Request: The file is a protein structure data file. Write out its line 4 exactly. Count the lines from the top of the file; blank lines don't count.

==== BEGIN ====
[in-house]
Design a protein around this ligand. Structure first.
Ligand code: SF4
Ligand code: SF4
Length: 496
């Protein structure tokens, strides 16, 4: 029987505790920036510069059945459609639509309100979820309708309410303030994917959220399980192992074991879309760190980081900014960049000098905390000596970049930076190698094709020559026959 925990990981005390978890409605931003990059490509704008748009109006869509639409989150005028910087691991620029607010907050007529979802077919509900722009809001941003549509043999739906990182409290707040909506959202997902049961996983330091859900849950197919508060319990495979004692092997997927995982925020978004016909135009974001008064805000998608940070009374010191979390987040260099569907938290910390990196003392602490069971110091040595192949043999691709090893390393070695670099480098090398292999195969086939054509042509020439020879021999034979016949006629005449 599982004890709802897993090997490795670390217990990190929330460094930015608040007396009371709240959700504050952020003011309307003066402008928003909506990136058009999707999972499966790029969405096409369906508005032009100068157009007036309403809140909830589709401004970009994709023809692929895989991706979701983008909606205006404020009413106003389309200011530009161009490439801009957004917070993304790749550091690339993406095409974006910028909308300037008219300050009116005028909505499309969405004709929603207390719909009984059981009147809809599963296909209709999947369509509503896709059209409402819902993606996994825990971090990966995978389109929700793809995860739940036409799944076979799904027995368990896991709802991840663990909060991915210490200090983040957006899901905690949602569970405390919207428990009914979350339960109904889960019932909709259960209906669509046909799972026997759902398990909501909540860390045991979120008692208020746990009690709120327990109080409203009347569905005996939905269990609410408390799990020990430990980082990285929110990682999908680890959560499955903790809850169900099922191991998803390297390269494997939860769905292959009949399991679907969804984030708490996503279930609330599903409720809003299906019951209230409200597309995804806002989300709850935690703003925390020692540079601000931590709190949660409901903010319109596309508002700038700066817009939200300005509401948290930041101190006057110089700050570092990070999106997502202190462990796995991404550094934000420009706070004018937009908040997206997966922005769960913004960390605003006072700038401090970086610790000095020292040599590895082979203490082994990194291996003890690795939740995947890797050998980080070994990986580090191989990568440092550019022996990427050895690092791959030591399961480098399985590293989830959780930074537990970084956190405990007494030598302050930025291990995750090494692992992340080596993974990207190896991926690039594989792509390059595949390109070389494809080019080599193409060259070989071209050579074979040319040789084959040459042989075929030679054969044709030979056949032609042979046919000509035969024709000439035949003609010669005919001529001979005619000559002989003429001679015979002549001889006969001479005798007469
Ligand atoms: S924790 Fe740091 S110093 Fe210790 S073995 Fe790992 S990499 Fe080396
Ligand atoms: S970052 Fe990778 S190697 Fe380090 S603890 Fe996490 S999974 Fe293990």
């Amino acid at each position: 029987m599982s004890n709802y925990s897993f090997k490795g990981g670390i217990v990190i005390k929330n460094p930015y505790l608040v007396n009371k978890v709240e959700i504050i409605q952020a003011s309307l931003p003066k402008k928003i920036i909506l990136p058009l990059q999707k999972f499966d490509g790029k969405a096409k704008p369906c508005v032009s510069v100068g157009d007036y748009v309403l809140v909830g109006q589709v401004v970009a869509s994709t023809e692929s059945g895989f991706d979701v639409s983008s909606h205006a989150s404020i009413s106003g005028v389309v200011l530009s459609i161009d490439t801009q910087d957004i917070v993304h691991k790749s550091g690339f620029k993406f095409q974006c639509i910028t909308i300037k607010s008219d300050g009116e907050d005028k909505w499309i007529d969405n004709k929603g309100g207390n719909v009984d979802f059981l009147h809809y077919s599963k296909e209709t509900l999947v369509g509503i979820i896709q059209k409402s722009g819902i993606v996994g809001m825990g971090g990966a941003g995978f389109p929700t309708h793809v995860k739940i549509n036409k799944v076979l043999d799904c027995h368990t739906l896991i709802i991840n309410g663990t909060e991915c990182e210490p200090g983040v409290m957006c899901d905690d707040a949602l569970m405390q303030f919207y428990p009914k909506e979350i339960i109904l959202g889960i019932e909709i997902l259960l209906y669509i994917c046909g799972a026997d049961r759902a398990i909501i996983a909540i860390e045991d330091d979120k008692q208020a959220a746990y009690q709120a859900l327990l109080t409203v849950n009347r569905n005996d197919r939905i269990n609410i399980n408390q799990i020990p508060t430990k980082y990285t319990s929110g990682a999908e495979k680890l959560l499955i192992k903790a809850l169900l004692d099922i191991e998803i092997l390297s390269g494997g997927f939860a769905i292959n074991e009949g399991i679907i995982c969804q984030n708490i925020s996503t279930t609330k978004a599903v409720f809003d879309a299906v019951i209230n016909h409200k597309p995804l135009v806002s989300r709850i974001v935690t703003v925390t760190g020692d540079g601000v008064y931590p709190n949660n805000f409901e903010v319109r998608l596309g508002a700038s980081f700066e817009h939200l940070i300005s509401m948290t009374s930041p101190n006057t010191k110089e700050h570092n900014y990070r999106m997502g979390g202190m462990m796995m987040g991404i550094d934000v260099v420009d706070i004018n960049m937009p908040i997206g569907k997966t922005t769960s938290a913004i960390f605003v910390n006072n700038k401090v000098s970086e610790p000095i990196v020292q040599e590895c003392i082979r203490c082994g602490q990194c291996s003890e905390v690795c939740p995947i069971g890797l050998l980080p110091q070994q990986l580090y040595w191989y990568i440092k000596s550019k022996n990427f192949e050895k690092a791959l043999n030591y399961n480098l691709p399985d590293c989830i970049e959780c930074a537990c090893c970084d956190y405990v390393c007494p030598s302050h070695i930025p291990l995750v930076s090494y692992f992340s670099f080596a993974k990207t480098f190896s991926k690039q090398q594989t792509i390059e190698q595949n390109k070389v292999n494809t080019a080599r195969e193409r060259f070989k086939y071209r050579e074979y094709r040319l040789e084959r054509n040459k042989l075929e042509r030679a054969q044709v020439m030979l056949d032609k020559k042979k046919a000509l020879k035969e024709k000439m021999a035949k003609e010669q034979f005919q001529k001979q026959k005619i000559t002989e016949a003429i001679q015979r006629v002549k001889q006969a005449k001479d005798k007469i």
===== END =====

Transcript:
Ligand code: SF4